Highway Maintenance Operational Plan

Read our Highway Maintenance Operational Plan (HMOP), find out why we have changed our approach and what this means.

As the local highway authority, Suffolk County Council has to fulfil a number of statutory duties including the duty to maintain the public highway to enable the safe passage of highway users.

Suffolk Highways delivers the highway maintenance function on behalf of Suffolk County Council.

Our Highway Maintenance Operational Plan (HMOP) (PDF, 728KB) sets out the standards that Suffolk Highways will meet for safety inspections and reactive maintenance (works that have been triggered by defects or safety concerns such as potholes).

The HMOP is aimed at the inspection team and others within Suffolk Highways, to provide the standards and methodology to use when maintaining the county’s highways.

Our staff use the Suffolk Highways Defect Response Matrices (PDF, 2.3MB) to identify whether repairs are necessary for different types of highway defect, and the timescales for completing repairs.  Browse the document to see the categories of damage and respective timescales for repair, for each type of defect.

Click each of the sections below to read more about the Highway Maintenance Operational Plan.

Pothole trial Phoenix House Service Delivery Centre – October 2018 to March 2019.

A review of highway maintenance in Suffolk was launched in June 2018 with the creation of a Highways Improvement and Innovations Board (HIIAB), lead by Councillor Mary Evans, Suffolk County Council’s cabinet member for highways, transport and rural affairs.

One of the areas being reviewed is the existing policy which determines how defects are identified and resources deployed, known as the Highways Maintenance Operational Plan (HMOP). 

The HIIAB’s ambition is to deliver an improved HMOP pothole matrix that:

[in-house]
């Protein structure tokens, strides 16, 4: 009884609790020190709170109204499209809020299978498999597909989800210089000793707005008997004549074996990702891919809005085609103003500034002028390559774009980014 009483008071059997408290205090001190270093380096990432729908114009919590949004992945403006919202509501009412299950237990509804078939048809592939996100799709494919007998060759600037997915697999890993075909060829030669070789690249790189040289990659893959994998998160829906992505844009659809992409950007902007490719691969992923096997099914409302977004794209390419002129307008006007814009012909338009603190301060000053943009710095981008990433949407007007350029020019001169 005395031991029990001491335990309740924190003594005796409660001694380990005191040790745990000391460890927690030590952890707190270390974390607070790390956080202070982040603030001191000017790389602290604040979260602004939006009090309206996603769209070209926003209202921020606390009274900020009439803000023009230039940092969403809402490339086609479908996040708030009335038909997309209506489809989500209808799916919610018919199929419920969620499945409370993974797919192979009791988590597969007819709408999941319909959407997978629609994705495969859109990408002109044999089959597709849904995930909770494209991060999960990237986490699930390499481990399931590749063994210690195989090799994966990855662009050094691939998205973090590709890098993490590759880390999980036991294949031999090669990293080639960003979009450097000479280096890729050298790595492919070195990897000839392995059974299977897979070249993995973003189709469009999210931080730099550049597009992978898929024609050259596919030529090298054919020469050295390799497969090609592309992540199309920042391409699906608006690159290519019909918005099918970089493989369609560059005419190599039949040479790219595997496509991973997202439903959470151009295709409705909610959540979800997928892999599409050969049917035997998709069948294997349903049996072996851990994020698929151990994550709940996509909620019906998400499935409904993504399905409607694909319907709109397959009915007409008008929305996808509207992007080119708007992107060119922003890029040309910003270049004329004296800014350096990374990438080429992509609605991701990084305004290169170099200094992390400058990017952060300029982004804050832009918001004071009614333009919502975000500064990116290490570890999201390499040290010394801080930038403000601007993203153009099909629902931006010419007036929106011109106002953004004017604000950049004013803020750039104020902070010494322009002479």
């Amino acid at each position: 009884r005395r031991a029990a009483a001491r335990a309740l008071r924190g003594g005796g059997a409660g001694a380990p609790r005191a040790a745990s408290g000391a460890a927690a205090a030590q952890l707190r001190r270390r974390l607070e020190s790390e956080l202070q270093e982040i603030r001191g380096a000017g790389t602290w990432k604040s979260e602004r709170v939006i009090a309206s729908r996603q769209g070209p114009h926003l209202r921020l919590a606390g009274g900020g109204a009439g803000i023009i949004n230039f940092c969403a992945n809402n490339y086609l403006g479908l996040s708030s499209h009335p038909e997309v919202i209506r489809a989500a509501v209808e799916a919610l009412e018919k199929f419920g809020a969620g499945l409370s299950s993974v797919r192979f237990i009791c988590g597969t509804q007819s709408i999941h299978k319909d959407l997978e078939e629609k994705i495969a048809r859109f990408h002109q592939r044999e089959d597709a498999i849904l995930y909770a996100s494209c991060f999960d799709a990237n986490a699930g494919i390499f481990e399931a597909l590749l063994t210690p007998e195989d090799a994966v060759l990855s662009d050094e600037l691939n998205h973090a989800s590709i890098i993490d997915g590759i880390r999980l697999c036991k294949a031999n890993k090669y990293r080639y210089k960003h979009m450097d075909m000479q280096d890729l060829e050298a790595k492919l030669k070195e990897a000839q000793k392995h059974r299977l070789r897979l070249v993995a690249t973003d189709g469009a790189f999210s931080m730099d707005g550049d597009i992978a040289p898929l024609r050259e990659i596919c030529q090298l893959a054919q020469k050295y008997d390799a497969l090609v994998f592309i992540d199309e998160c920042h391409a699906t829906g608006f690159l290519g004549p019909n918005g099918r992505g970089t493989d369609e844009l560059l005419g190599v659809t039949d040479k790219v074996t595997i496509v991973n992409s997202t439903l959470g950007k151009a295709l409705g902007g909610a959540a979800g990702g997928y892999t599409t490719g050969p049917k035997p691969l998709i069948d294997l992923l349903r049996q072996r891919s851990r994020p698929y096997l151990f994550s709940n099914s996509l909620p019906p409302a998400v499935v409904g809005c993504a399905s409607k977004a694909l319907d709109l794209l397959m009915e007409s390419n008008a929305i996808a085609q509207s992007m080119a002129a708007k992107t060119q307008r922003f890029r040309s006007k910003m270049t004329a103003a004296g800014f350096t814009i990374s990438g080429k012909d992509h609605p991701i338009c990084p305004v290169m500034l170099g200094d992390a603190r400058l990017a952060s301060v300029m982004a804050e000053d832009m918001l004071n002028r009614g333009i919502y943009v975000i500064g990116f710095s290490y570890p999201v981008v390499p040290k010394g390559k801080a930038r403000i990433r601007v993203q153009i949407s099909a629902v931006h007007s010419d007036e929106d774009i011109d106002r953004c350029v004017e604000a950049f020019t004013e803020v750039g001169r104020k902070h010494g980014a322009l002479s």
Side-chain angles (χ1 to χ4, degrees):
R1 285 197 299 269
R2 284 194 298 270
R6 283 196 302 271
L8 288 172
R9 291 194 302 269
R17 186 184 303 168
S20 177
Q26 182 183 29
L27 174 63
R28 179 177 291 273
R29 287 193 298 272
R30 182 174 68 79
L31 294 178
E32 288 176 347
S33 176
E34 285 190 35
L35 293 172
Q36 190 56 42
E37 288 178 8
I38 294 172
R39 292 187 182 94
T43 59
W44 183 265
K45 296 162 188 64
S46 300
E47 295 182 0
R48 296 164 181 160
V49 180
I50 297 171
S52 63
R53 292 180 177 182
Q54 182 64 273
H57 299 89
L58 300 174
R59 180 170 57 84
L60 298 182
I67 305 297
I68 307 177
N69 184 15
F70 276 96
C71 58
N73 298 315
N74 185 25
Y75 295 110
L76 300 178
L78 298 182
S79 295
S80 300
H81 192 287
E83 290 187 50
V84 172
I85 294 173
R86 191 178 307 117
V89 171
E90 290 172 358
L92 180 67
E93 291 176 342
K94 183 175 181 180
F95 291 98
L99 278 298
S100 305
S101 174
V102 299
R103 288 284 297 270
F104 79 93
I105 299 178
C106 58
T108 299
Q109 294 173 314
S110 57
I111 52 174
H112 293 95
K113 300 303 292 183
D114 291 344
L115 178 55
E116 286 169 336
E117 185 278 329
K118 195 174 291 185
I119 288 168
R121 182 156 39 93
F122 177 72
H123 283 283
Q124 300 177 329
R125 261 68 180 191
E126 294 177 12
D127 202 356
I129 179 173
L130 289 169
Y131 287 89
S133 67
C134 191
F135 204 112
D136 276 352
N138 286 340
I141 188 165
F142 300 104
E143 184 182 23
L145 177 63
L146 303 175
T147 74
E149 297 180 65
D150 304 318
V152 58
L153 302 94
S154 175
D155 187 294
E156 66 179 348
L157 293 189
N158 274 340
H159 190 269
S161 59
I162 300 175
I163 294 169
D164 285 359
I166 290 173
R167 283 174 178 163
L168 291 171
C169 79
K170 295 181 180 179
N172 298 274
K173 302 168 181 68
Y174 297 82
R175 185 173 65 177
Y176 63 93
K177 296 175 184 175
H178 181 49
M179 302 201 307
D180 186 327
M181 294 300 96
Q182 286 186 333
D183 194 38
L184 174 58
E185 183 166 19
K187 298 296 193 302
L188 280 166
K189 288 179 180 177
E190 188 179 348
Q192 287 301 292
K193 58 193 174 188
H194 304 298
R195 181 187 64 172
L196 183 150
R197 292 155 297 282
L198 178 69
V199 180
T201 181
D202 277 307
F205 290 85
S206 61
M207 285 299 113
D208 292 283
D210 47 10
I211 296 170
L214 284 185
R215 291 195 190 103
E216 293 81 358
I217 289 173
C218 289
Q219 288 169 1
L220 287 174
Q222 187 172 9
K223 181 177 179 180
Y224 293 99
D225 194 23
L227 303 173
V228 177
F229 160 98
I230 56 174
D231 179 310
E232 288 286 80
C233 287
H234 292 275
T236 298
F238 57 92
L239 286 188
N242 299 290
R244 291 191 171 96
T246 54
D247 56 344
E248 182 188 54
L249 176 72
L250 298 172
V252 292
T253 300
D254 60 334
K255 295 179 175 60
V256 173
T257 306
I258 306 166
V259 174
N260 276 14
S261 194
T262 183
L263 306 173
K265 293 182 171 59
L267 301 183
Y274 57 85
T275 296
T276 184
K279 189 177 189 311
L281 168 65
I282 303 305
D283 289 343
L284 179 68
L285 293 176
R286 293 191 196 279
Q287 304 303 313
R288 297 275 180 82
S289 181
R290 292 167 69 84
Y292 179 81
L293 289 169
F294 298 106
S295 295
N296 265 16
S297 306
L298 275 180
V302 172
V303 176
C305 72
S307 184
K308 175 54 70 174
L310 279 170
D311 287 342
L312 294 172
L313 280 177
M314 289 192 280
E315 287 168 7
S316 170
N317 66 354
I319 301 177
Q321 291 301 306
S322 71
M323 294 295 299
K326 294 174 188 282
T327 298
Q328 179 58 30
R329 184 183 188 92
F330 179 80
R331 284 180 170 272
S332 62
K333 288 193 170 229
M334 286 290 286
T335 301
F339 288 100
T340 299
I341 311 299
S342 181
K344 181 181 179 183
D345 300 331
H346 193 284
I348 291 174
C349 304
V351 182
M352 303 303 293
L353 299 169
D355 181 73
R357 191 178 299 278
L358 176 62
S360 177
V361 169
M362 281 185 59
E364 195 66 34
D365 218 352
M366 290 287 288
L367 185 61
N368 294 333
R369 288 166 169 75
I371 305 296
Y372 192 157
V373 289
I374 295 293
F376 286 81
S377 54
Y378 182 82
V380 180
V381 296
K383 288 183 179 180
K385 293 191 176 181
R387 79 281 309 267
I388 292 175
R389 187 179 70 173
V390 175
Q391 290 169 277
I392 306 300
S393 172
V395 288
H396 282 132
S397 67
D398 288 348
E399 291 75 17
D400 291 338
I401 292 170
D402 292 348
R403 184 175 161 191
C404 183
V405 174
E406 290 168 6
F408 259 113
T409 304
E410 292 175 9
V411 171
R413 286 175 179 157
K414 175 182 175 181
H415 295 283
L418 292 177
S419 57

• Enables a better understanding of what size potholes will be repaired and how long it will take us to repair them once they have been inspected;
  • Reduces the number of defect categories (repair timescales) in a particular road;
  • Supports the repair more defects on one road in a single visit.
  • Reduce the complication of the matrix to improve understand and communication of our maintenance strategy.

 The review delivered and alternative Carriageway Defects - Matrix T shown below.  The matrix allows two categories (repair timescales) for each road type, giving and urgent and non-urgent response time.  The matrix also better formalises the need for us to identify defects at 200mm diameter when compared to the current Pothole Matrix C that details 400mm with an option for smaller defects to identified. 

 Pothole Trail

 

A trial of the alternative Carriageway Matrix T has commenced and will be used by highway staff that operate from our Phoenix House Service Delivery Centre which covers the Mid Suffolk and Babergh areas of Suffolk.

Suffolk Highways will look at operational performance data to see if an increase in productive time and decrease in travel time for our operational teams is seen along with feedback from our staff to understand how the changes made in the trial support better programming of site visits.